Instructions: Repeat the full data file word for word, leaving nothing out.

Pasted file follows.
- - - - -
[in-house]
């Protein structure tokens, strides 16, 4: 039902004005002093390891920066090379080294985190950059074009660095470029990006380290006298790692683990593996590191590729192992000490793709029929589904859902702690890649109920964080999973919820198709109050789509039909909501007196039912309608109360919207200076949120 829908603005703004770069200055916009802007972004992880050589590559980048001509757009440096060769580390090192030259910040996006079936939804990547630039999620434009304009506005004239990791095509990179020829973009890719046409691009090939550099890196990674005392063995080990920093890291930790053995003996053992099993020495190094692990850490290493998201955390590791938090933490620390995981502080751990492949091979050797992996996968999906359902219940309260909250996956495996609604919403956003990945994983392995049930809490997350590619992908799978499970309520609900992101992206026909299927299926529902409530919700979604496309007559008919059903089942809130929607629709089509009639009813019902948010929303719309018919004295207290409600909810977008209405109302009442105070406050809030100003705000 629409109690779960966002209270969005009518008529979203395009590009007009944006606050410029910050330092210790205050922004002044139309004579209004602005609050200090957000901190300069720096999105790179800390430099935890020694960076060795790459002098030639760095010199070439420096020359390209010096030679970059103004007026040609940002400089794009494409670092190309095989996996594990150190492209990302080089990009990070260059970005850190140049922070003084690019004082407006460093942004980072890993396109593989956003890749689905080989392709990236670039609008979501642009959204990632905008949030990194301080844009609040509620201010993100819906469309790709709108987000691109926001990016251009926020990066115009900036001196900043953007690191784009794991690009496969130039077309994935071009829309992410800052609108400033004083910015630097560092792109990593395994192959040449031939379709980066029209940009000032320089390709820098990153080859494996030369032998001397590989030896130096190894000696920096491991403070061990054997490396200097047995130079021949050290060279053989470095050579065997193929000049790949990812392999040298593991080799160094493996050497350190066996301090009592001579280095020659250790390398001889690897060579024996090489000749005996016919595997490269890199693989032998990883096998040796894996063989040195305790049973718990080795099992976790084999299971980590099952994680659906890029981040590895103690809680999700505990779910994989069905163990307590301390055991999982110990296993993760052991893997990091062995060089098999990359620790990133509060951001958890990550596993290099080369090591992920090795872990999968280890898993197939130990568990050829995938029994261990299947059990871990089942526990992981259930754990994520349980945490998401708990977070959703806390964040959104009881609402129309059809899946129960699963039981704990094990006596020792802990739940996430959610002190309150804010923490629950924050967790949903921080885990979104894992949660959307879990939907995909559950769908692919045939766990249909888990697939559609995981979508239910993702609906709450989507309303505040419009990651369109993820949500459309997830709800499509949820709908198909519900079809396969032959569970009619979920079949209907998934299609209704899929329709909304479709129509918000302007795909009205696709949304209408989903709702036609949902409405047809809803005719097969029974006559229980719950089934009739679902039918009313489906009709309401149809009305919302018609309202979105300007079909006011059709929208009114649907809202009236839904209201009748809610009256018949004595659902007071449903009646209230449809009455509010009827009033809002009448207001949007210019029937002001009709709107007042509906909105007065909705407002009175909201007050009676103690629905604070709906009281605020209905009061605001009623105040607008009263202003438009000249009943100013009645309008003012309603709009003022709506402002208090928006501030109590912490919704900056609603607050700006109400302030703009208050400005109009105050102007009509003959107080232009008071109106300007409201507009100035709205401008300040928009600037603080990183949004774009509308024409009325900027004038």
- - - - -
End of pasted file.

[in-house]
């Protein structure tokens, strides 16, 4: 039902004005002093390891920066090379080294985190950059074009660095470029990006380290006298790692683990593996590191590729192992000490793709029929589904859902702690890649109920964080999973919820198709109050789509039909909501007196039912309608109360919207200076949120 829908603005703004770069200055916009802007972004992880050589590559980048001509757009440096060769580390090192030259910040996006079936939804990547630039999620434009304009506005004239990791095509990179020829973009890719046409691009090939550099890196990674005392063995080990920093890291930790053995003996053992099993020495190094692990850490290493998201955390590791938090933490620390995981502080751990492949091979050797992996996968999906359902219940309260909250996956495996609604919403956003990945994983392995049930809490997350590619992908799978499970309520609900992101992206026909299927299926529902409530919700979604496309007559008919059903089942809130929607629709089509009639009813019902948010929303719309018919004295207290409600909810977008209405109302009442105070406050809030100003705000 629409109690779960966002209270969005009518008529979203395009590009007009944006606050410029910050330092210790205050922004002044139309004579209004602005609050200090957000901190300069720096999105790179800390430099935890020694960076060795790459002098030639760095010199070439420096020359390209010096030679970059103004007026040609940002400089794009494409670092190309095989996996594990150190492209990302080089990009990070260059970005850190140049922070003084690019004082407006460093942004980072890993396109593989956003890749689905080989392709990236670039609008979501642009959204990632905008949030990194301080844009609040509620201010993100819906469309790709709108987000691109926001990016251009926020990066115009900036001196900043953007690191784009794991690009496969130039077309994935071009829309992410800052609108400033004083910015630097560092792109990593395994192959040449031939379709980066029209940009000032320089390709820098990153080859494996030369032998001397590989030896130096190894000696920096491991403070061990054997490396200097047995130079021949050290060279053989470095050579065997193929000049790949990812392999040298593991080799160094493996050497350190066996301090009592001579280095020659250790390398001889690897060579024996090489000749005996016919595997490269890199693989032998990883096998040796894996063989040195305790049973718990080795099992976790084999299971980590099952994680659906890029981040590895103690809680999700505990779910994989069905163990307590301390055991999982110990296993993760052991893997990091062995060089098999990359620790990133509060951001958890990550596993290099080369090591992920090795872990999968280890898993197939130990568990050829995938029994261990299947059990871990089942526990992981259930754990994520349980945490998401708990977070959703806390964040959104009881609402129309059809899946129960699963039981704990094990006596020792802990739940996430959610002190309150804010923490629950924050967790949903921080885990979104894992949660959307879990939907995909559950769908692919045939766990249909888990697939559609995981979508239910993702609906709450989507309303505040419009990651369109993820949500459309997830709800499509949820709908198909519900079809396969032959569970009619979920079949209907998934299609209704899929329709909304479709129509918000302007795909009205696709949304209408989903709702036609949902409405047809809803005719097969029974006559229980719950089934009739679902039918009313489906009709309401149809009305919302018609309202979105300007079909006011059709929208009114649907809202009236839904209201009748809610009256018949004595659902007071449903009646209230449809009455509010009827009033809002009448207001949007210019029937002001009709709107007042509906909105007065909705407002009175909201007050009676103690629905604070709906009281605020209905009061605001009623105040607008009263202003438009000249009943100013009645309008003012309603709009003022709506402002208090928006501030109590912490919704900056609603607050700006109400302030703009208050400005109009105050102007009509003959107080232009008071109106300007409201507009100035709205401008300040928009600037603080990183949004774009509308024409009325900027004038």